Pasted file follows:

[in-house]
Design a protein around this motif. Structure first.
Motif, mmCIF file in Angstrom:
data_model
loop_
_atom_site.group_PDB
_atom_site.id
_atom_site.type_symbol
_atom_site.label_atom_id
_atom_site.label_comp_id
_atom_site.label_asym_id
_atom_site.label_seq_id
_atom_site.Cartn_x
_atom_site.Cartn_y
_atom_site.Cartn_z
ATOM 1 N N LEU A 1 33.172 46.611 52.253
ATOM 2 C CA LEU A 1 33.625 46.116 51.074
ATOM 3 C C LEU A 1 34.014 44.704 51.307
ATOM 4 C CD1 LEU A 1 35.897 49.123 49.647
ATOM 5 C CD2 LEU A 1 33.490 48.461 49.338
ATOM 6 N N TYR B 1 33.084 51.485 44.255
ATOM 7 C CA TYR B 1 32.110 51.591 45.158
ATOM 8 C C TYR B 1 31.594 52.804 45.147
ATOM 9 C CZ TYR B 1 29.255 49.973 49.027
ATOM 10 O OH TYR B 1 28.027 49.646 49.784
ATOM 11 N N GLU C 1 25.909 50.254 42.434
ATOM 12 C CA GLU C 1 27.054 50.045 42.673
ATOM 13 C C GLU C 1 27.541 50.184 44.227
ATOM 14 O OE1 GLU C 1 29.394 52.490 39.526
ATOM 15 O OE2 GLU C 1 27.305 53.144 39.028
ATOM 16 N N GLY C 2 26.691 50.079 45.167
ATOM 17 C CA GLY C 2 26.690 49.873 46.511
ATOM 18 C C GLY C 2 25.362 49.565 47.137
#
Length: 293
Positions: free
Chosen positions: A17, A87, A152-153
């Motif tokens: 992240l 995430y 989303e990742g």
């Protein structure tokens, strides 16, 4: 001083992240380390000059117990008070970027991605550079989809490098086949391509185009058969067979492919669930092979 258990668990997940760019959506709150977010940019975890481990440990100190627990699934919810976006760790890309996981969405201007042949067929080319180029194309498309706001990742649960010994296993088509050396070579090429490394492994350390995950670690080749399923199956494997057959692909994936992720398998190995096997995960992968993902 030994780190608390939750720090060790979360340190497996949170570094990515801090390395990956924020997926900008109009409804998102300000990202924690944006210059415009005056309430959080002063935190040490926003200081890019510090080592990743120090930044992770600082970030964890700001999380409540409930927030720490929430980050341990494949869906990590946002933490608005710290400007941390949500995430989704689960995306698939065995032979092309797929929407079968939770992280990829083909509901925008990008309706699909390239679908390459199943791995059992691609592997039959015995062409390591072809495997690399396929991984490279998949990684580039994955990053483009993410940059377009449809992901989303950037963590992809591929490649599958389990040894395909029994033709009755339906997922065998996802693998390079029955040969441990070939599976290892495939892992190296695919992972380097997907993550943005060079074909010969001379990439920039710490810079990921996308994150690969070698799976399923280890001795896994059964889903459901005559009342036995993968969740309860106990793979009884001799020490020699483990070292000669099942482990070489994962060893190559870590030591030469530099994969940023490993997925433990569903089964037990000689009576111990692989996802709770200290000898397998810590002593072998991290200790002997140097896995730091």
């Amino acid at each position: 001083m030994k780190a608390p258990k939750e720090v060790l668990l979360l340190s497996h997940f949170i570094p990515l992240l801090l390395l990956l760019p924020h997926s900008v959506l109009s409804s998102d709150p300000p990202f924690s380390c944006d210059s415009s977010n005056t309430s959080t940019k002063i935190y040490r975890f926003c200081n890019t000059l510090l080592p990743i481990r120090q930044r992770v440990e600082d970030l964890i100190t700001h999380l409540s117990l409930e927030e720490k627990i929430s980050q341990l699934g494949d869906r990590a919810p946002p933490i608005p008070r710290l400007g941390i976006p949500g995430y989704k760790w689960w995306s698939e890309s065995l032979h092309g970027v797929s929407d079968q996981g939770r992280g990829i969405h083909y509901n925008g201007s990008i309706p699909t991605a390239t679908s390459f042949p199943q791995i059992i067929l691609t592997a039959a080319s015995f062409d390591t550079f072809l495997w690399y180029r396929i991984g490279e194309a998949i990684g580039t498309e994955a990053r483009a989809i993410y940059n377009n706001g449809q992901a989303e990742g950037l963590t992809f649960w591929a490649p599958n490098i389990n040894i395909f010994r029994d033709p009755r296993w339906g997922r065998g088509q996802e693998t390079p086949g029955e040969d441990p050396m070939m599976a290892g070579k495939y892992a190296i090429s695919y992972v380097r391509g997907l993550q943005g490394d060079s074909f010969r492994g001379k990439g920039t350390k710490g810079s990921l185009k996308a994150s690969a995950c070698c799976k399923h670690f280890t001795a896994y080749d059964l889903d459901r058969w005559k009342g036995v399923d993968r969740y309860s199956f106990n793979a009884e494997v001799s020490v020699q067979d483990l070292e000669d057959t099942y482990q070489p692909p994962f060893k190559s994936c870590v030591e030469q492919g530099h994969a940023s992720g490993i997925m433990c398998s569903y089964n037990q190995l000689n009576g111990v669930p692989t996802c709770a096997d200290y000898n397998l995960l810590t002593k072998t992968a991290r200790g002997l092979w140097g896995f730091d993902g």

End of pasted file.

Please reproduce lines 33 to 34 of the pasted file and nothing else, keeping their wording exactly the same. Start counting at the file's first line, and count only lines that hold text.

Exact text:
ATOM 18 C C GLY C 2 25.362 49.565 47.137
#